Smart phone purchase leaves operator feeling dumb
I have retreated from my original entrenched position — I have purchased a smart phone. That was something I said I would never do, but times have changed.
However, my knowledge of electronic gizmos hasn’t. Here’s the deal: I have a smart phone, but unfortunately, it has a dumb operator.
I have had a flip-top phone for years. I remember when I got it, the phone was part of the “Now” network. It has since degenerated to a “Then” phone that could be operated by a dinosaur like me. To me a cell phone is a tool to be used when necessary, not an entertainment center. I can assure you that I’ll never be one of the folks who has a phone in my hand 24 hours a day.
I’m certainly not a member of the electronic generation. Yes, I use computers, but my skills are limited. I can do what I know, but I’m not anxious to learn new skills such as word processing. Research and e-mails are good enough for me.
Retiring my old flip top phone was like losing a friend. The phone has been with me for years. I even had it with me when I was in the hospital. In many ways it was a security blanket. I remember being overjoyed when I could use the fingers on my right hand to dial a number. The phone was with me through a lot of meetings and trips. But I guess I’ll get used to the new world of smart phones.
Maybe I’ve just been overwhelmed by all the phone can do. One of my challenges is mastering the touch screen. My fingers aren’t that agile and the so-called keys are smaller. I am happy to report that I have been able to make calls. Well, sometimes it has taken me several attempts. My problem is that my fingers hit two or three keys, and then I have to search for the delete key.
Now my old phone was much more user-friendly. If I got a call, I simply pushed the “talk” button. Now you have to slide a nameless gizmo over to talk. Sometimes it doesn’t slide for me, but I have fairly well mastered that skill. I still have trouble hanging up – I have been told to tap a key. Well, I don’t tap all that well, and it takes me several attempts. Again I am improving, but I have a ways to go.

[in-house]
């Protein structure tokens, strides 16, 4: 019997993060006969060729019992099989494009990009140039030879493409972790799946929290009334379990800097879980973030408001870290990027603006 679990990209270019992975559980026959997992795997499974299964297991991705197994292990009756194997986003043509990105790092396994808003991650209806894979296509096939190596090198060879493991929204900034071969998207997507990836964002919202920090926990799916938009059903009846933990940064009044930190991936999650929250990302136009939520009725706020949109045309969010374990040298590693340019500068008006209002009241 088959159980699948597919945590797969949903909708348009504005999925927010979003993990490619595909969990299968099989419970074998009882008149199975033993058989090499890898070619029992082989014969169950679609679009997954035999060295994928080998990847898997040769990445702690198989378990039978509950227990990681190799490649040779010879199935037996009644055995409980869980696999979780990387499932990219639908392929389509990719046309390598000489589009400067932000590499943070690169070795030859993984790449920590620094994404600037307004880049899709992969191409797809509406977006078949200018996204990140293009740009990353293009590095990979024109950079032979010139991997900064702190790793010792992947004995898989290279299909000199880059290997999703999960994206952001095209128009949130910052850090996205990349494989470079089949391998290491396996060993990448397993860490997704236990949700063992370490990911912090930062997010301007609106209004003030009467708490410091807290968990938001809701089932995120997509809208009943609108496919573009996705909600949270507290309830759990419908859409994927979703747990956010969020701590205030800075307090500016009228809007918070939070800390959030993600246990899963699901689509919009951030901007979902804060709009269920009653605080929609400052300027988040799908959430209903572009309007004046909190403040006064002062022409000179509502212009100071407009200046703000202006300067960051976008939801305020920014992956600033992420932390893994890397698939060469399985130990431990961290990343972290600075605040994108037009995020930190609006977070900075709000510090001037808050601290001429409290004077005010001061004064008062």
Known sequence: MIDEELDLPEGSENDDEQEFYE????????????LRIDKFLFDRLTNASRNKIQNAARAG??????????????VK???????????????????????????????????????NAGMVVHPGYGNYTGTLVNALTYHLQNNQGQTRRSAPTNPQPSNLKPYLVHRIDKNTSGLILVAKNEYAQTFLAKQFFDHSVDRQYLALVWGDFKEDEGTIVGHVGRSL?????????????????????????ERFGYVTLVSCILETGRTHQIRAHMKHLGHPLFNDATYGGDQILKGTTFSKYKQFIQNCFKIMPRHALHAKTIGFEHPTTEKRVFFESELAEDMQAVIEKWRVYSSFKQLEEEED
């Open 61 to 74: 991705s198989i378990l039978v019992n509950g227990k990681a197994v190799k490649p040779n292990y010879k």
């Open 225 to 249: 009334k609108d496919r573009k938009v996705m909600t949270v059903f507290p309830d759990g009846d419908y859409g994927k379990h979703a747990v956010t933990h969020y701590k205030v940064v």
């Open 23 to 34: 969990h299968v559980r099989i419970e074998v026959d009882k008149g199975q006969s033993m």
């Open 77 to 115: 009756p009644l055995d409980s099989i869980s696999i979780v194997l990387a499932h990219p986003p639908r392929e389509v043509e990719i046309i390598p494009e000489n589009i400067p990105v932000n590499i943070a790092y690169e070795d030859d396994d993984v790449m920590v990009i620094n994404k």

I really believe my main problems is with the “nervous” key board. You accidentally drag your hand and you end up lost in “computer land.”
One promise I plan to make is not to begin texting. I did send a text to my son-in-law on the third try, but I certainly don’t plan to be a regular text sender. Obviously texting and driving don’t mix, and I really dislike seeing people texting during a meeting. When I was a substitute teacher I used to tell students that there was nothing so important that they had to pass along to friends during class. Do you remember the last time you saw a teenager without a phone in their hand?
Yes, I’m sure I’ll become slightly proficient with my smart phone. I know it is going to take a long time and lots of practice. I understand that smart phones have lots of capabilities and you can even have a conversation with “Siri,” which amazes me. Maybe with enough practice I can take another small step into the electronic world. But, then, don’t bet on it.